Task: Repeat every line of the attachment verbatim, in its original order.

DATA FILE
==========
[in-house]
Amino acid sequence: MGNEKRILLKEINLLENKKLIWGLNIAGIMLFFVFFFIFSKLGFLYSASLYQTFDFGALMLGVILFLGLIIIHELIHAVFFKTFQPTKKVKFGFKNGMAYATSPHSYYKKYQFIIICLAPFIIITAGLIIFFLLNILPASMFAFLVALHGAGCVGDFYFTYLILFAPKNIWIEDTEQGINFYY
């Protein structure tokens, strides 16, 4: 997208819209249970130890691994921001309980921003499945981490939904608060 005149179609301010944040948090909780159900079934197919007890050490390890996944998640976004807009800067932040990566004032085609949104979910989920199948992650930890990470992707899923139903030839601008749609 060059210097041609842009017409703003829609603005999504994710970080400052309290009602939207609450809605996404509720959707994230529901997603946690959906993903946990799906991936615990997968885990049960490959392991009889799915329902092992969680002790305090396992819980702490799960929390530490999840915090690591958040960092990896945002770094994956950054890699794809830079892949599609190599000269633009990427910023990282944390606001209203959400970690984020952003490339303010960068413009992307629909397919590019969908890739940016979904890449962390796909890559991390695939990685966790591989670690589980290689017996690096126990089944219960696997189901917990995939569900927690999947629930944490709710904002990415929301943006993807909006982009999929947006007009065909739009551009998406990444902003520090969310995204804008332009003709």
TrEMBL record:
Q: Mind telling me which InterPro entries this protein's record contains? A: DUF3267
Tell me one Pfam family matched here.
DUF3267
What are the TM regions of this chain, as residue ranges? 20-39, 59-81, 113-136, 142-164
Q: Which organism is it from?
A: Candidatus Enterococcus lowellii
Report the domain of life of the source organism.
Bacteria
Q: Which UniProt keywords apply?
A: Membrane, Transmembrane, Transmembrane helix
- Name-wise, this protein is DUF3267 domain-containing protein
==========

[in-house]
Amino acid sequence: MGNEKRILLKEINLLENKKLIWGLNIAGIMLFFVFFFIFSKLGFLYSASLYQTFDFGALMLGVILFLGLIIIHELIHAVFFKTFQPTKKVKFGFKNGMAYATSPHSYYKKYQFIIICLAPFIIITAGLIIFFLLNILPASMFAFLVALHGAGCVGDFYFTYLILFAPKNIWIEDTEQGINFYY
């Protein structure tokens, strides 16, 4: 997208819209249970130890691994921001309980921003499945981490939904608060 005149179609301010944040948090909780159900079934197919007890050490390890996944998640976004807009800067932040990566004032085609949104979910989920199948992650930890990470992707899923139903030839601008749609 060059210097041609842009017409703003829609603005999504994710970080400052309290009602939207609450809605996404509720959707994230529901997603946690959906993903946990799906991936615990997968885990049960490959392991009889799915329902092992969680002790305090396992819980702490799960929390530490999840915090690591958040960092990896945002770094994956950054890699794809830079892949599609190599000269633009990427910023990282944390606001209203959400970690984020952003490339303010960068413009992307629909397919590019969908890739940016979904890449962390796909890559991390695939990685966790591989670690589980290689017996690096126990089944219960696997189901917990995939569900927690999947629930944490709710904002990415929301943006993807909006982009999929947006007009065909739009551009998406990444902003520090969310995204804008332009003709």
TrEMBL record:
Q: Mind telling me which InterPro entries this protein's record contains? A: DUF3267
Tell me one Pfam family matched here.
DUF3267
What are the TM regions of this chain, as residue ranges? 20-39, 59-81, 113-136, 142-164
Q: Which organism is it from?
A: Candidatus Enterococcus lowellii
Report the domain of life of the source organism.
Bacteria
Q: Which UniProt keywords apply?
A: Membrane, Transmembrane, Transmembrane helix
- Name-wise, this protein is DUF3267 domain-containing protein